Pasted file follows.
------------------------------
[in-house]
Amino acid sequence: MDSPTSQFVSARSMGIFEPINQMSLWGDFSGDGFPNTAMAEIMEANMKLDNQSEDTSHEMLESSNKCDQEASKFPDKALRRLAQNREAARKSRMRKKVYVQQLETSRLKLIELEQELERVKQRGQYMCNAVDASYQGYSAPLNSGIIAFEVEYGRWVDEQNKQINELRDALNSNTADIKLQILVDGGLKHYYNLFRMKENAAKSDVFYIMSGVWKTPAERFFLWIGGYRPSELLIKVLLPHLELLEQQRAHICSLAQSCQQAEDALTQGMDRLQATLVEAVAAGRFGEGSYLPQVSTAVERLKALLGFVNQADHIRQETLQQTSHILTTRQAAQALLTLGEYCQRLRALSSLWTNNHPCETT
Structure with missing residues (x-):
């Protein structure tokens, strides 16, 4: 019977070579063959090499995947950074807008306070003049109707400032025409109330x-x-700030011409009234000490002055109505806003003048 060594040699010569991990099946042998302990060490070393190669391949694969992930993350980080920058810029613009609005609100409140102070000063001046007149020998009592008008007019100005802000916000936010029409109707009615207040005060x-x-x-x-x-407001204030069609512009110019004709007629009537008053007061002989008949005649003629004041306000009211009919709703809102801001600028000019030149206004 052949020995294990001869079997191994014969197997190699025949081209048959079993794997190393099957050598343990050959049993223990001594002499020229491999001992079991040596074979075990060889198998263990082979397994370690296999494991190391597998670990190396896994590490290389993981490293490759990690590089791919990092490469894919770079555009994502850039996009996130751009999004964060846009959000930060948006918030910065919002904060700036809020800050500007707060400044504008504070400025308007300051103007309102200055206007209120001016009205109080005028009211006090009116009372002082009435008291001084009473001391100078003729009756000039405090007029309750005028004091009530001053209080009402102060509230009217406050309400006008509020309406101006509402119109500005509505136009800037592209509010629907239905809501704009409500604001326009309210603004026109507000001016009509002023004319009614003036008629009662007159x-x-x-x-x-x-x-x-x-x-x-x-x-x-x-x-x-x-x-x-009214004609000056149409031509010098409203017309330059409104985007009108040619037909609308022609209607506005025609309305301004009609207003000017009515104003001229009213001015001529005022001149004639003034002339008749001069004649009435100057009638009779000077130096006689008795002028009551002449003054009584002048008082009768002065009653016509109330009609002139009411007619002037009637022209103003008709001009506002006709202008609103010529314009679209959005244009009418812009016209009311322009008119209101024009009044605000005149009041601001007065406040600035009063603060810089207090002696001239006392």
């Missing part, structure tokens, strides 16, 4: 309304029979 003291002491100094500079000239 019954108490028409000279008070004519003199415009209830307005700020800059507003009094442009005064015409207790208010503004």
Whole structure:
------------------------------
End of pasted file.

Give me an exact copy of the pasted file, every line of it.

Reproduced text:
[in-house]
Amino acid sequence: MDSPTSQFVSARSMGIFEPINQMSLWGDFSGDGFPNTAMAEIMEANMKLDNQSEDTSHEMLESSNKCDQEASKFPDKALRRLAQNREAARKSRMRKKVYVQQLETSRLKLIELEQELERVKQRGQYMCNAVDASYQGYSAPLNSGIIAFEVEYGRWVDEQNKQINELRDALNSNTADIKLQILVDGGLKHYYNLFRMKENAAKSDVFYIMSGVWKTPAERFFLWIGGYRPSELLIKVLLPHLELLEQQRAHICSLAQSCQQAEDALTQGMDRLQATLVEAVAAGRFGEGSYLPQVSTAVERLKALLGFVNQADHIRQETLQQTSHILTTRQAAQALLTLGEYCQRLRALSSLWTNNHPCETT
Structure with missing residues (x-):
């Protein structure tokens, strides 16, 4: 019977070579063959090499995947950074807008306070003049109707400032025409109330x-x-700030011409009234000490002055109505806003003048 060594040699010569991990099946042998302990060490070393190669391949694969992930993350980080920058810029613009609005609100409140102070000063001046007149020998009592008008007019100005802000916000936010029409109707009615207040005060x-x-x-x-x-407001204030069609512009110019004709007629009537008053007061002989008949005649003629004041306000009211009919709703809102801001600028000019030149206004 052949020995294990001869079997191994014969197997190699025949081209048959079993794997190393099957050598343990050959049993223990001594002499020229491999001992079991040596074979075990060889198998263990082979397994370690296999494991190391597998670990190396896994590490290389993981490293490759990690590089791919990092490469894919770079555009994502850039996009996130751009999004964060846009959000930060948006918030910065919002904060700036809020800050500007707060400044504008504070400025308007300051103007309102200055206007209120001016009205109080005028009211006090009116009372002082009435008291001084009473001391100078003729009756000039405090007029309750005028004091009530001053209080009402102060509230009217406050309400006008509020309406101006509402119109500005509505136009800037592209509010629907239905809501704009409500604001326009309210603004026109507000001016009509002023004319009614003036008629009662007159x-x-x-x-x-x-x-x-x-x-x-x-x-x-x-x-x-x-x-x-009214004609000056149409031509010098409203017309330059409104985007009108040619037909609308022609209607506005025609309305301004009609207003000017009515104003001229009213001015001529005022001149004639003034002339008749001069004649009435100057009638009779000077130096006689008795002028009551002449003054009584002048008082009768002065009653016509109330009609002139009411007619002037009637022209103003008709001009506002006709202008609103010529314009679209959005244009009418812009016209009311322009008119209101024009009044605000005149009041601001007065406040600035009063603060810089207090002696001239006392």
């Missing part, structure tokens, strides 16, 4: 309304029979 003291002491100094500079000239 019954108490028409000279008070004519003199415009209830307005700020800059507003009094442009005064015409207790208010503004």
Whole structure: